These proteins are found in sweet whey, a byproduct of cheese making. They are of high quality and complete because they contain all the essential amino acids that a human body needs.
Besides proteins, sweet whey also consists of minerals, vitamins, lactose, and a very small amount of fats. Further processing to remove lactose and fats yields a highly concentrated protein-based material, known as whey protein concentrate or WPC for short. Another type is isolate or WPI that consists of over 90% milk proteins.
Sweet whey has been a bakers’ choice as a substitute for sugar because of its economical nature and tenderizing proteins. But ever since it is further processed into WPC and WPI, many bakers turn to whey permeate, a whey-based material, as an alternative. Although slightly higher in lactose content and lower in protein content than sweet whey, whey permeate works just as well.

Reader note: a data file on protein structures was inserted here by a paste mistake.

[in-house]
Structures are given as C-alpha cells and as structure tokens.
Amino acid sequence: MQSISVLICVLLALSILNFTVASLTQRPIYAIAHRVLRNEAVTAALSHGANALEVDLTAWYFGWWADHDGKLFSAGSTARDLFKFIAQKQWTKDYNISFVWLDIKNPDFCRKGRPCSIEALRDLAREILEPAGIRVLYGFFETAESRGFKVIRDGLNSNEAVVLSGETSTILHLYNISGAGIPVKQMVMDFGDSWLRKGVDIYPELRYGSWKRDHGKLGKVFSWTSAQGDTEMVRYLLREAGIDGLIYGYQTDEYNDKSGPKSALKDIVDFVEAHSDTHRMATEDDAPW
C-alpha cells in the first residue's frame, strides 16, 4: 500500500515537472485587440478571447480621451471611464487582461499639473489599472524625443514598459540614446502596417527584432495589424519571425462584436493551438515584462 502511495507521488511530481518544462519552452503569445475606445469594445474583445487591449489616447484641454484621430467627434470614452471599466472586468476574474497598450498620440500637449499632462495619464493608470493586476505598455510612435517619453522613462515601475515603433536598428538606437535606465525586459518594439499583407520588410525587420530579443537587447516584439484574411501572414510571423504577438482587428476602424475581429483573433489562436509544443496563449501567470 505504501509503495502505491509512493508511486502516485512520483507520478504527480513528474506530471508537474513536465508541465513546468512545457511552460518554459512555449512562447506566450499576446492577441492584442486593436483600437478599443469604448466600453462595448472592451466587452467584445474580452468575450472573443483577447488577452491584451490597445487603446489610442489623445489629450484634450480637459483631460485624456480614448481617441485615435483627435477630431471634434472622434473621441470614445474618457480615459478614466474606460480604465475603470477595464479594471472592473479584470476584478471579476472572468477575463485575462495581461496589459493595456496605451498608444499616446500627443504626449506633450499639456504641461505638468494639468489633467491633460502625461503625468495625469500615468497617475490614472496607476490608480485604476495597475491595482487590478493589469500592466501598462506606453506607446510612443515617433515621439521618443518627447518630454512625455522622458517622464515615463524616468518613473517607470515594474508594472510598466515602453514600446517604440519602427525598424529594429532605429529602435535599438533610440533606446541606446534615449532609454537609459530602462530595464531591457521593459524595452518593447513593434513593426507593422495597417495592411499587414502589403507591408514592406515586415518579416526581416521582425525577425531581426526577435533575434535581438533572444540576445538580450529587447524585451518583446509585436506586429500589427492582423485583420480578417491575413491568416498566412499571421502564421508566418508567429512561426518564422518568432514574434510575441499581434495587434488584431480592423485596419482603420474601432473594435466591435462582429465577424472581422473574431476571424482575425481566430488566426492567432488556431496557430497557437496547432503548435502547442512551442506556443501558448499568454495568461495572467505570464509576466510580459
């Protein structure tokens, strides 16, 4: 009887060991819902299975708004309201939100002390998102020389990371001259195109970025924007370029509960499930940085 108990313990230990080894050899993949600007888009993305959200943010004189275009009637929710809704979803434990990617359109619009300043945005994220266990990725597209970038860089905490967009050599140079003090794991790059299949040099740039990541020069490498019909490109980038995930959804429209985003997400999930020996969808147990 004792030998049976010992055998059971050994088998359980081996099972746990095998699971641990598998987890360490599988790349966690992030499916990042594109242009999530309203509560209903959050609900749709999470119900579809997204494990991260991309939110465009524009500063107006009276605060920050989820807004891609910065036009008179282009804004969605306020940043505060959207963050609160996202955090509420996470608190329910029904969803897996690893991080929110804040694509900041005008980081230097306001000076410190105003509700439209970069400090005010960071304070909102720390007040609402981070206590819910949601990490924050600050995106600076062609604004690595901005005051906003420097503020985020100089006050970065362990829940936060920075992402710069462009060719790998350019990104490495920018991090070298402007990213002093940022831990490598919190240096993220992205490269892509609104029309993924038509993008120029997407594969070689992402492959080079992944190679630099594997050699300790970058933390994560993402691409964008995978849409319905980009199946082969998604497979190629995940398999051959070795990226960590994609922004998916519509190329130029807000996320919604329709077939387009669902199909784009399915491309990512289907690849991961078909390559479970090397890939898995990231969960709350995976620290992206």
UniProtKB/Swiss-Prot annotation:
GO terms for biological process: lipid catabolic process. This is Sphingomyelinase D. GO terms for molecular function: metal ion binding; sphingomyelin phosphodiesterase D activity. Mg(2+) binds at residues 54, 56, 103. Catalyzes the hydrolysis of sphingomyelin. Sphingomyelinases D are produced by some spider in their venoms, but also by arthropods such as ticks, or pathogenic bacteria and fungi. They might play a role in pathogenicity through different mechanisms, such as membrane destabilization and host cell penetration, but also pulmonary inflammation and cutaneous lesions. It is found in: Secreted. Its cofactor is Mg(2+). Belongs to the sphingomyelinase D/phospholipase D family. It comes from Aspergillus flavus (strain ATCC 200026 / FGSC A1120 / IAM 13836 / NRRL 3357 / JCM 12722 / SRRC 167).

Whey ingredients, in any forms, are gaining popularity in baking due to their functionality and protein enrichment. You can use them alone or as a supplement to wheat proteins.
Commonsense, however, would suggest that consuming whey proteins in excess may cause acidic blood which then triggers bones to release calcium. The role of calcium, in this case, is to bring blood pH back to its normal state of approximately 7.4. Yet, one may still run the risk of having calcium deposits in kidneys, and of other health issues.
It’s not surprising that the trend of using whey ingredients in cookies is growing at a fast pace. The bottom line is, “Your Health, Your Judgment.” Consume them moderately and responsibly to reap maximum benefits.